The Texas Democratic Party, which hasn’t won a statewide office in more than two decades, said in a statement that ‘‘enough is enough’’ and again called for Paxton to step down. Paxton spokesman John Wittman declined comment on the new federal fraud charges against Paxton.

Paxton took office in January 2015 with strong Tea Party movement support. A year earlier, Texas Senator Ted Cruz, now a GOP presidential candidate, called him a ‘‘tireless conservative warrior’’ as Paxton trounced a moderate Republican challenger on the way to becoming Texas’ top law enforcement officer.

How ironic.

During a heated GOP primary race in 2014, Paxton admitted to breaking state securities laws by not disclosing how he received commissions for referring his private law clients to a financial planner. He paid a $1,000 fine, downplayed it as an oversight, and went on to handily beat an establishment Republican who counted former President George W. Bush as a supporter.

A Dallas state appeals court is scheduled to take up the criminal indictments next month.


They finally got 'em!


"Friends send big checks for top Texas prosecutor legal bills" Associated Press  July 06, 2016

AUSTIN, Texas — Wealthy friends and donors of Texas Attorney General Ken Paxton have chipped in nearly $330,000 to cover his legal defense against criminal charges of securities fraud, according to state filings made public Tuesday.

The list reveals for the first time those paying for Paxton’s legal costs while the Republican fights two felony counts of defrauding wealthy investors in the tech startup Servergy Inc.

Paxton, who has pleaded not guilty, is also being sued by the US Securities and Exchange Commission in a separate court case over the same accusations — that he lured investors to Servergy, a data-storage company, without disclosing that he was being paid to recruit new backers.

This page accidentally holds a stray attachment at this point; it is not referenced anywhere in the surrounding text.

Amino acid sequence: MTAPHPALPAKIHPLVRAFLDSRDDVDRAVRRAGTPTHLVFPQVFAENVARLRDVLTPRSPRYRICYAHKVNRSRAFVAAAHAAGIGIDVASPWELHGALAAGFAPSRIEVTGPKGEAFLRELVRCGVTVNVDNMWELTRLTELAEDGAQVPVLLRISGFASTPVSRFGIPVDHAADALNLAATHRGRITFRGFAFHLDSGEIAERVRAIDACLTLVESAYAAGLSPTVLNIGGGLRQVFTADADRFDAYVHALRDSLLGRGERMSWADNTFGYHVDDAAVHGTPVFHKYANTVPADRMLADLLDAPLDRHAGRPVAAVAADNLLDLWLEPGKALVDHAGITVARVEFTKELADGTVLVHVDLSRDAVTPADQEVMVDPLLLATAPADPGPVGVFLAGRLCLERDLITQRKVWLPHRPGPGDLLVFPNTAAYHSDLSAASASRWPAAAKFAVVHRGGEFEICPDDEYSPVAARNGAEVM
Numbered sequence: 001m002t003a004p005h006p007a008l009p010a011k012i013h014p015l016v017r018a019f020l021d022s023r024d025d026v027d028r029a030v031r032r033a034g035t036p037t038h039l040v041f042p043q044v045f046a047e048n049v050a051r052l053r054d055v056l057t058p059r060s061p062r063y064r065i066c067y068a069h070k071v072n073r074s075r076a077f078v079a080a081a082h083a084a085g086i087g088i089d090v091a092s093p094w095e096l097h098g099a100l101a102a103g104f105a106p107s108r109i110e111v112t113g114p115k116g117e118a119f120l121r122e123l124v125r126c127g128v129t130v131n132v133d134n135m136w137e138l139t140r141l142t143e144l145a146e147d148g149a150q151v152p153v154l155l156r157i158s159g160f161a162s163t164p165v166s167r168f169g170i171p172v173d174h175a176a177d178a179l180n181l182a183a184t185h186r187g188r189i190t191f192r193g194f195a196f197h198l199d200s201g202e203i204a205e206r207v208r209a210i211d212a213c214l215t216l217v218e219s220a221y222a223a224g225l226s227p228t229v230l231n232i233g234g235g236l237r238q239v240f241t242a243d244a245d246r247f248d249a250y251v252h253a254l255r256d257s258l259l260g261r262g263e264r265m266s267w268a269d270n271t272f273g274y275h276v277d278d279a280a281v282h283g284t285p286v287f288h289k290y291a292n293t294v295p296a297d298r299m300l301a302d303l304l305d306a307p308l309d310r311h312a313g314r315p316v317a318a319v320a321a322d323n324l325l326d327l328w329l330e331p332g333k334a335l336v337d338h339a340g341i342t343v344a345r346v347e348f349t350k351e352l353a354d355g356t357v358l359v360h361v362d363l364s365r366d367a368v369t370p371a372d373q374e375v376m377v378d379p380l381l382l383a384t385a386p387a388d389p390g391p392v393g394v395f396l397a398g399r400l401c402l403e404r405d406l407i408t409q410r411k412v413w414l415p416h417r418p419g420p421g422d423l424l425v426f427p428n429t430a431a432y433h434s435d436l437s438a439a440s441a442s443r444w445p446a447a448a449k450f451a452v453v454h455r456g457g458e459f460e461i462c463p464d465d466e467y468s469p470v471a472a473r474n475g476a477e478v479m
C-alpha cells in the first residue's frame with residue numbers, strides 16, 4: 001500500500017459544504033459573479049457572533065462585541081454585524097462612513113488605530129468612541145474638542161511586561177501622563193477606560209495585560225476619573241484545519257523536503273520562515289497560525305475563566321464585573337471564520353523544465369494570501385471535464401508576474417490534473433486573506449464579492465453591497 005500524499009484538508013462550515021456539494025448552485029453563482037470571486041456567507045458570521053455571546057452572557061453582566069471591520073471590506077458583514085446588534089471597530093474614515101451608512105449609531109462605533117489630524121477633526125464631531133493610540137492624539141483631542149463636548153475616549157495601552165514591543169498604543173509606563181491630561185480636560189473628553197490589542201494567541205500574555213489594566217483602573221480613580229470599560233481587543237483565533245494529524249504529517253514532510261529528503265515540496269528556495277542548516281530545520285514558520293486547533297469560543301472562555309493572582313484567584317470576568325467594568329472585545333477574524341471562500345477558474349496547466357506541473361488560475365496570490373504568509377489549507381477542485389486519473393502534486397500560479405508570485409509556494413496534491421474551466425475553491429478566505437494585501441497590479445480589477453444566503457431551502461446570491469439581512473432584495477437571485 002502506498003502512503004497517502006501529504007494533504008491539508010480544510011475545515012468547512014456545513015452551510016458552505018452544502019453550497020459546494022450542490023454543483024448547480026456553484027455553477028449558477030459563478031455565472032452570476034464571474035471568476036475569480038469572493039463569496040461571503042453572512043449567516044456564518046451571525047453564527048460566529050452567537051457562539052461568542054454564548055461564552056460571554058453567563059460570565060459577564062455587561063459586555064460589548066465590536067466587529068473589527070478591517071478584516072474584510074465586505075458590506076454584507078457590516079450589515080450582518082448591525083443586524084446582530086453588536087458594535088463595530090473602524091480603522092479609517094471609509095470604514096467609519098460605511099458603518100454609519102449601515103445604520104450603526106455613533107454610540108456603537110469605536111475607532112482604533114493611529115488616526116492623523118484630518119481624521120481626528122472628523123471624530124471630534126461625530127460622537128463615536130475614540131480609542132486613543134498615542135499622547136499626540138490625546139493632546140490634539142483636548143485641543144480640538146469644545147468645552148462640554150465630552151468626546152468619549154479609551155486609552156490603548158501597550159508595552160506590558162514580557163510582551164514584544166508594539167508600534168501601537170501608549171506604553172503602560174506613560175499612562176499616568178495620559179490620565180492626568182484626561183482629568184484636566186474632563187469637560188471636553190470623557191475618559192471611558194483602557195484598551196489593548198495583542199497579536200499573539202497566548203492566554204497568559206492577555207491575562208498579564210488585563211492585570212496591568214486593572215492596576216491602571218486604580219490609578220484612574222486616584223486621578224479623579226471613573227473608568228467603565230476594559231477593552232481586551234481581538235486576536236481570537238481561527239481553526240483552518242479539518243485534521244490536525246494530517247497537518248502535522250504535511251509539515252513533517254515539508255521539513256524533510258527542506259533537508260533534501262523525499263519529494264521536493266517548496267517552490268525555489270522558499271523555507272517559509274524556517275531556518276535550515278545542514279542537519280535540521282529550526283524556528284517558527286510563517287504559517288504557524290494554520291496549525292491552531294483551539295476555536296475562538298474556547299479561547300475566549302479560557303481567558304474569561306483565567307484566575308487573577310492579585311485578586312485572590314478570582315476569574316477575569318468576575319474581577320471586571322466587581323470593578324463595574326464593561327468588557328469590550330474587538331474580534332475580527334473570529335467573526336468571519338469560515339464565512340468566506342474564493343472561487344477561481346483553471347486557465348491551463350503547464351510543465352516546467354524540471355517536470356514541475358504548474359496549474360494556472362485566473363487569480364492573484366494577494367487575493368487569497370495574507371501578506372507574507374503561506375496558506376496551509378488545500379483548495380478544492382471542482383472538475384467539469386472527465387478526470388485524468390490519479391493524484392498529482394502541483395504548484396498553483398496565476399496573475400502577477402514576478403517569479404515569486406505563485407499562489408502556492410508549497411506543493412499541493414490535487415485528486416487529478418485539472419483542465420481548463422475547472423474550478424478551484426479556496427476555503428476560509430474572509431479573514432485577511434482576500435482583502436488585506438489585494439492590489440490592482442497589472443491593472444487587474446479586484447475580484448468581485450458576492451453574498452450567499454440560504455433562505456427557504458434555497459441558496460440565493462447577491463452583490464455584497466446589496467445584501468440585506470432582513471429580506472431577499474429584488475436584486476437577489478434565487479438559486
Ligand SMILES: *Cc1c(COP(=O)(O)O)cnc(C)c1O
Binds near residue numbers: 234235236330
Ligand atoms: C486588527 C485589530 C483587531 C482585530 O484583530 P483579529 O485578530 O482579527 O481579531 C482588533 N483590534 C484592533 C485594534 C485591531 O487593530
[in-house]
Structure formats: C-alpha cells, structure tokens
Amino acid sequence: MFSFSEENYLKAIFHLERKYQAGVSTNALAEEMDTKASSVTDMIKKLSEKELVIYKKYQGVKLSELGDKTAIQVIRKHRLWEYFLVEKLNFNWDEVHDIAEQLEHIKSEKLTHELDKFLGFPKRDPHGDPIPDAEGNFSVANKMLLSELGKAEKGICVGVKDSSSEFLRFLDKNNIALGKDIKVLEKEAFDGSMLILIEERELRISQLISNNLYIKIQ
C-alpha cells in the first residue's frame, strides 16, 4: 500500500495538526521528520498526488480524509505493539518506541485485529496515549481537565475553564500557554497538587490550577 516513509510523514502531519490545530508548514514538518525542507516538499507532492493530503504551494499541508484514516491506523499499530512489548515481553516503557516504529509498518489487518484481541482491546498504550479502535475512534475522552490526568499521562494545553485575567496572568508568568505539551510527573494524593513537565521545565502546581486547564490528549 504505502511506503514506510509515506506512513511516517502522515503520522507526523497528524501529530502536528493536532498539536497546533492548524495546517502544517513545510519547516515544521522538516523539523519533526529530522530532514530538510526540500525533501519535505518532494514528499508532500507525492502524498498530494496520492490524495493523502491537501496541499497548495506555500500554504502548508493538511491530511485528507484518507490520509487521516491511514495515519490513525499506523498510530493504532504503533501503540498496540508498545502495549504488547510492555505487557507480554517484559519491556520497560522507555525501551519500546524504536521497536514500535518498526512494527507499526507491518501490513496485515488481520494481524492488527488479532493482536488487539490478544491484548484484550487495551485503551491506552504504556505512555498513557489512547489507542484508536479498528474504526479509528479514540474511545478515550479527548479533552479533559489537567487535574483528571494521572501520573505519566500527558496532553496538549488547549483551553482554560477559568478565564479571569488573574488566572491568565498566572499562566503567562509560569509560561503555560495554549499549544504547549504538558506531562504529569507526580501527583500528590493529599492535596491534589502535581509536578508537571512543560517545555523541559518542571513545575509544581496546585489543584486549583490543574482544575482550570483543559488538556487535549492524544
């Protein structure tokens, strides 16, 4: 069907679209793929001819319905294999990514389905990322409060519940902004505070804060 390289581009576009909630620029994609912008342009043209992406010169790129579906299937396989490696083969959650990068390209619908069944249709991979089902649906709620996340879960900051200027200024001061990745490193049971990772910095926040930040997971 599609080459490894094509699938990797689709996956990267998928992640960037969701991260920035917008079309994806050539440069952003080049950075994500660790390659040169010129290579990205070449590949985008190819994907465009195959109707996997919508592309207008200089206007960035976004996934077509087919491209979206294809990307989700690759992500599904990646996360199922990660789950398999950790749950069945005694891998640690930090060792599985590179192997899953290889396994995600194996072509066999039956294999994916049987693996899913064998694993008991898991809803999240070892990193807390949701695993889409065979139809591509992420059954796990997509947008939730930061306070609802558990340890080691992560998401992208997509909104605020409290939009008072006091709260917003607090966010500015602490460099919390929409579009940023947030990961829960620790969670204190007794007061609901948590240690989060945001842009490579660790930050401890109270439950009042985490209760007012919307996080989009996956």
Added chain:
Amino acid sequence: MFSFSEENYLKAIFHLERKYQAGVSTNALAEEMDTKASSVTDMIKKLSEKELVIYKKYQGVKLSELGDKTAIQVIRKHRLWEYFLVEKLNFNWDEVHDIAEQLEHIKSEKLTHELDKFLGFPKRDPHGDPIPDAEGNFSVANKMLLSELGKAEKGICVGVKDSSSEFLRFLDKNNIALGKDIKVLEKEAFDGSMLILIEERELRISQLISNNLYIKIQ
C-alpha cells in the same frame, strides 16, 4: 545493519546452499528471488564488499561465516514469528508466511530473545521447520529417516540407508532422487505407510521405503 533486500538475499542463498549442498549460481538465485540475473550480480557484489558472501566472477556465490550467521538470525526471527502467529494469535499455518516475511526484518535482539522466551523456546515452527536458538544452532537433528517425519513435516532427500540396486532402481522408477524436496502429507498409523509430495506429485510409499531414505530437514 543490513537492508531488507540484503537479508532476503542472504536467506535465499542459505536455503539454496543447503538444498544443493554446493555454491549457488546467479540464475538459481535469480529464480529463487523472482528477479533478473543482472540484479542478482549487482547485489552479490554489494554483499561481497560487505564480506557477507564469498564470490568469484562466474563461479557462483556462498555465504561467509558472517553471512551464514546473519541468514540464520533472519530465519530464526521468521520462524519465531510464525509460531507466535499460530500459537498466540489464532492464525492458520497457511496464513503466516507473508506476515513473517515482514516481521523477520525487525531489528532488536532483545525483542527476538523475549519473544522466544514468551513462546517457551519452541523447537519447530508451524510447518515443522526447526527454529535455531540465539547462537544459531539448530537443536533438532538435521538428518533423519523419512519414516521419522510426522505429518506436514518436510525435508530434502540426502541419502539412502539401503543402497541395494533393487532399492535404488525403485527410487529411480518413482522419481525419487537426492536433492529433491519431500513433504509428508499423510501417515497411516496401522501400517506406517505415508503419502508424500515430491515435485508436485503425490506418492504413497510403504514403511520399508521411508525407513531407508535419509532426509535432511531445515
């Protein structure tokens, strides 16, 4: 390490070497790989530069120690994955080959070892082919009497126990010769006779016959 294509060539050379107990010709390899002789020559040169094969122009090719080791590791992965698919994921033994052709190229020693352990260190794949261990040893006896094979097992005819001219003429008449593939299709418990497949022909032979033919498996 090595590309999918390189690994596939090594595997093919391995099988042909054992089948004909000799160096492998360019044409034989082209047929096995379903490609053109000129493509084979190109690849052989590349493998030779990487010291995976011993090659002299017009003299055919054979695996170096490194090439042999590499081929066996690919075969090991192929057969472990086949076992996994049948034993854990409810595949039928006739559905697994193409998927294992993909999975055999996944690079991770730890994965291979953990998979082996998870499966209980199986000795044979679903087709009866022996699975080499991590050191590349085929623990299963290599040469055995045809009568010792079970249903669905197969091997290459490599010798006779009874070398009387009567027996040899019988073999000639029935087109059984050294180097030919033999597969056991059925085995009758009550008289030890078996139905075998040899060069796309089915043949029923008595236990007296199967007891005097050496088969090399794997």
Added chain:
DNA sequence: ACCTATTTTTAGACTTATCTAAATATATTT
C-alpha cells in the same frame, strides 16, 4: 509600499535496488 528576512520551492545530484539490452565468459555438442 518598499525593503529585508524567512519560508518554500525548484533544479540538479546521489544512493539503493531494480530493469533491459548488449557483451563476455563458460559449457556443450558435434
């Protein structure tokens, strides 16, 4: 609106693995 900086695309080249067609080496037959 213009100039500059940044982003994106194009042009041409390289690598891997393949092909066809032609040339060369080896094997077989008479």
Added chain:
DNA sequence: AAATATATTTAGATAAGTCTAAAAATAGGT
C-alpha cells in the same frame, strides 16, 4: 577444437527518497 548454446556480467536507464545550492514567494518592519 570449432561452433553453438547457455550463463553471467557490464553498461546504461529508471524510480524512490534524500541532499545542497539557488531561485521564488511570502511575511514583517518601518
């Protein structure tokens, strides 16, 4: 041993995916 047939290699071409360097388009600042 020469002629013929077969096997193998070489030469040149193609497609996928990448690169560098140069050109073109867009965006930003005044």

Among those footing Paxton’s legal bill are Preferred Medical CEO James Webb, who pitched in $100,000 and is a longtime donor to the state’s top prosecutor. At least one is also a Servergy investor: Keresa Richardson, who gave $10,000 and told the Associated Press last year that Paxton was ‘‘the cleanest guy in the world’’ when asked about Paxton’s name being linked to a federal investigation.

Paxton until now had not disclosed how he is paying for a team of high-powered attorneys — which at times included a former federal judge and former federal prosecutor — since being indicted last summer. Earlier this year, state ethics regulators denied giving Paxton their blessing to let him tap political donors to cover the cost.

But Paxton cited an exemption to Texas bribery laws when listing two dozen legal supporters in a filing with the Texas Ethics Commission. The exemption allows gifts to public servants when there exists a ‘‘personal, professional, or business relationship’’ that is independent of the officeholder.

Paxton was indicted just six months into taking office in 2015 and is still a long way from potentially standing trial. He recently lost a second bid to have the case thrown out and could next seek a dismissal.

Many of Paxton’s legal supporters live in and around his hometown of McKinney.